Nocturnal Urges came out and it sold well, won awards and the publisher demanded a sequel despite all the people insisting, “I’ll wait until the real book comes out.” I kept yelling, “It IS a real book! Ebooks are real books!” Now people look at my paperbacks and say, “I’ll get the ebook,” and I want to yell, “Where were you in 2005??” 

I was working on that sequel when Frank Fradella, founder of New Babel Books, came to me with the idea of putting my short stories into a collection. I’d published a handful of short stories in horror and science fiction magazines that had a disturbing habit of going out of business right after they published me. I was the Typhoid Mary of the small press in the early 2000s. Frank suggested collecting those stories and writing another half-dozen or so just for the collection, and thus Setting Suns was born.

It wasn’t my first book. But it was the first time I opened a box of books and saw my name on the cover. Ask any writer about that moment, and see the look in their eyes when they remember.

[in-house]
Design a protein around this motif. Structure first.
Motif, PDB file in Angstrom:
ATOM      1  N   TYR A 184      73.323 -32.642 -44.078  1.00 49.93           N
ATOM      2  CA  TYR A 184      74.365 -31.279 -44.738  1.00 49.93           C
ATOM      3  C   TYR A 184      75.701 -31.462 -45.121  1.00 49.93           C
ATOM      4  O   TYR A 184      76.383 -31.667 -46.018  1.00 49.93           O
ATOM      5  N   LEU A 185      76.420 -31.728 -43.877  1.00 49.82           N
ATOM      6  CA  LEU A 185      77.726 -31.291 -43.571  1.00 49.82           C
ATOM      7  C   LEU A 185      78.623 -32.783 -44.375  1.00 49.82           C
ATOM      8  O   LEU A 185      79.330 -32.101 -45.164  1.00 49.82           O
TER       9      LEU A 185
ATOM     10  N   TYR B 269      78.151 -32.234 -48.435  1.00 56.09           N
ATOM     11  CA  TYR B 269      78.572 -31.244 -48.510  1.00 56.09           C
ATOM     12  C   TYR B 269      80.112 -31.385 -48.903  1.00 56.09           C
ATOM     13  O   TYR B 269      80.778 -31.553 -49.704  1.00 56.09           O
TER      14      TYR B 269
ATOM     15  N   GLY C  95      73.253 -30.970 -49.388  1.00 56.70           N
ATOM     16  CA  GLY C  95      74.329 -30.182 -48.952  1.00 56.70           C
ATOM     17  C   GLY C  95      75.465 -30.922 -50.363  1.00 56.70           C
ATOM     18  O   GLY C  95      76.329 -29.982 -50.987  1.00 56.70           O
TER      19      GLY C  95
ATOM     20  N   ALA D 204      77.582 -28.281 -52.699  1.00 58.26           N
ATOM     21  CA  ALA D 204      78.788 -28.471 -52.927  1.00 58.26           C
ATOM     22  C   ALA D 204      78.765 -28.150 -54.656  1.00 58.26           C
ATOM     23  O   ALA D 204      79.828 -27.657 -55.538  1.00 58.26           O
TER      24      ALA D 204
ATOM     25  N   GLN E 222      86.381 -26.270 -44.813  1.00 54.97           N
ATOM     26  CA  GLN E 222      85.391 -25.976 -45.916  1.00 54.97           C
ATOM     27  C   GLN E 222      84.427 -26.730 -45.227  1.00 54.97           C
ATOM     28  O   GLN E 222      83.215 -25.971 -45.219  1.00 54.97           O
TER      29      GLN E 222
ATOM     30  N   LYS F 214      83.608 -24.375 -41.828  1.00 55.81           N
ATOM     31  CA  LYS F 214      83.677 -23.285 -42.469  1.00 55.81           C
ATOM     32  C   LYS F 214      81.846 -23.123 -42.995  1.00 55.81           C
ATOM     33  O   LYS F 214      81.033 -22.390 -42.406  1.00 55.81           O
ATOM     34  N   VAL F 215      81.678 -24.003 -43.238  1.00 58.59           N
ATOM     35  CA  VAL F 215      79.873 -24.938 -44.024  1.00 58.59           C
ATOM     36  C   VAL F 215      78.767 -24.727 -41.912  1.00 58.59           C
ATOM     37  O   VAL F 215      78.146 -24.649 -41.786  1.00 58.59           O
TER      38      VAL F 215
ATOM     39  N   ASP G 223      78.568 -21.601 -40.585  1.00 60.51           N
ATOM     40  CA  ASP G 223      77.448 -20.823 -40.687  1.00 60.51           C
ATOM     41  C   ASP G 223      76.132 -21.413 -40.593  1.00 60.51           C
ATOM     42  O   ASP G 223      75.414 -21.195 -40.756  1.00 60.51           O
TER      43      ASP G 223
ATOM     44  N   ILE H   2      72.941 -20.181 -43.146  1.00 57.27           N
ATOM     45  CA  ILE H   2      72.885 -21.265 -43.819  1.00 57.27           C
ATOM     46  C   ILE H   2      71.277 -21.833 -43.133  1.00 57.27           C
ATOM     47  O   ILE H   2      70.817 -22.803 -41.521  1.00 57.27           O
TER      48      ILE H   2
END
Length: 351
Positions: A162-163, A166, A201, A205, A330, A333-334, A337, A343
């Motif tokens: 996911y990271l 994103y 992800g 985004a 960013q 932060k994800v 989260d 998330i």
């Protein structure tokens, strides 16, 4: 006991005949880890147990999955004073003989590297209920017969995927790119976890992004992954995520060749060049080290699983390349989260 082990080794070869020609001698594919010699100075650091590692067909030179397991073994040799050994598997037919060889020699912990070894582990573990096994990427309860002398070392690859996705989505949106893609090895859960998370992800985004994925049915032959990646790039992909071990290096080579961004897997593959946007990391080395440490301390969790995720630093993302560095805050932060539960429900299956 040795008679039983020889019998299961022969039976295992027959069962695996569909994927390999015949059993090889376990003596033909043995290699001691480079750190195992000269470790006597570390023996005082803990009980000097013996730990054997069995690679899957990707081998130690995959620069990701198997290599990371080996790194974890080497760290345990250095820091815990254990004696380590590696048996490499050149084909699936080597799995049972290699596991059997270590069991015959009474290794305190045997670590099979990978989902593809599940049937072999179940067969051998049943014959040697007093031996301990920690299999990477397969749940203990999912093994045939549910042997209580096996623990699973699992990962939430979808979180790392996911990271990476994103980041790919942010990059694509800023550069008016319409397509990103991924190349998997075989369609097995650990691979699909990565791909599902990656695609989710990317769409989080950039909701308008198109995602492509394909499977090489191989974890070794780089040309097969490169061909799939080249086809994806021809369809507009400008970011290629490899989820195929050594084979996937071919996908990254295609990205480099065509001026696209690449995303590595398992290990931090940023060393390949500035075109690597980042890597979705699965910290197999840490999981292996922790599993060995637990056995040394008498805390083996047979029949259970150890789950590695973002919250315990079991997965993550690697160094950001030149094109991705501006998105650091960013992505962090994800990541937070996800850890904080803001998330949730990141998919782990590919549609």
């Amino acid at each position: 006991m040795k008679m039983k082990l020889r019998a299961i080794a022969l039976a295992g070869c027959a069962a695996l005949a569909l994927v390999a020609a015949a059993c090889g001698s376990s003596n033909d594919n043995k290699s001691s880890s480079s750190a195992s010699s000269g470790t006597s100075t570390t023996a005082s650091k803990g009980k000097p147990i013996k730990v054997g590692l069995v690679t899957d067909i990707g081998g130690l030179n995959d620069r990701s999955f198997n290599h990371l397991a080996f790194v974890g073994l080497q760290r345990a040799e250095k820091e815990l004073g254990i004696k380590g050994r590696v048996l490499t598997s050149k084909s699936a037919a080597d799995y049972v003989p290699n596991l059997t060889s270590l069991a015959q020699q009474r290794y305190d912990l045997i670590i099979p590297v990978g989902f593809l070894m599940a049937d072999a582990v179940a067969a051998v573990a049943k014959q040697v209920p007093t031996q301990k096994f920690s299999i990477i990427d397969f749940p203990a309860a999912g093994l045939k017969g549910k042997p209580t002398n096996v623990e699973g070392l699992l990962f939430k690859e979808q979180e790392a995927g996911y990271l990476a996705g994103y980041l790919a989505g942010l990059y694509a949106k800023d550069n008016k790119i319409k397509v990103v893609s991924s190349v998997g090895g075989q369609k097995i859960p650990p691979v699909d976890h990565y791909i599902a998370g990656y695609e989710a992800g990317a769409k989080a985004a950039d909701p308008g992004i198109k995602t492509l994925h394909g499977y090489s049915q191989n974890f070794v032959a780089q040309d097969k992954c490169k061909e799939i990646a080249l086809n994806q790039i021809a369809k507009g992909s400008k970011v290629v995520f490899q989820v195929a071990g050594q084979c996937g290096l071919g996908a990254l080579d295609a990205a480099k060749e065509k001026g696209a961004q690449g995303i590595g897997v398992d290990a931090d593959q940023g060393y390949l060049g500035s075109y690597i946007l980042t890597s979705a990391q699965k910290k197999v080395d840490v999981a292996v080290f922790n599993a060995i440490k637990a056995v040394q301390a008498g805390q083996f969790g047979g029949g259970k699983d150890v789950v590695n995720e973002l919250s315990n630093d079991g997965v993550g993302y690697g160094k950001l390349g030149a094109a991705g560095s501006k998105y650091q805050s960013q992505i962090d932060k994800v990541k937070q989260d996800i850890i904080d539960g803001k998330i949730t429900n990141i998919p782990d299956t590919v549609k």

Setting Suns has been in print for 15 years, give or take, and that’s one hell of a good run for a small press collection. It won the Darrell Award for best short story for “Wonderland,” a weird little Frankenstein riff told entirely in emails and online chats that gave Frank apoplexy in layout, and contains two of my most popular short stories: “Sisyphus,” a tragedy exploring toxic grief and lost love; and “Jesus Loves Me,” known as the Evil Teddy Bear story.

The Evil Teddy Bear still exists, here in my office. And there were T-shirts. 

But there are other stories that didn’t get as much attention. There’s “Prisoner’s Dilemma,” a literal funhouse horror piece that looks at the different kinds of love a person can have for the people in her life, plus crazy man with gun. 

There’s “Silent,” which was one of my very first short stories to be published for money, that smacks of a haunted house as told by The Twilight Zone. There’s “Deep Breathing,” a future-world submarine scarefest involving a monster several readers have referred to as “Cthulu-esque” which was funny because I’d never read Lovecraft at that point. 

There’s “Memory Lane,” another escapee from Twilight Zone about a husband’s desperate search to find his missing wife, and the dark secrets that come to light. That one began as my first attempt at a short-film screenplay, rewritten as a short story for Setting Suns.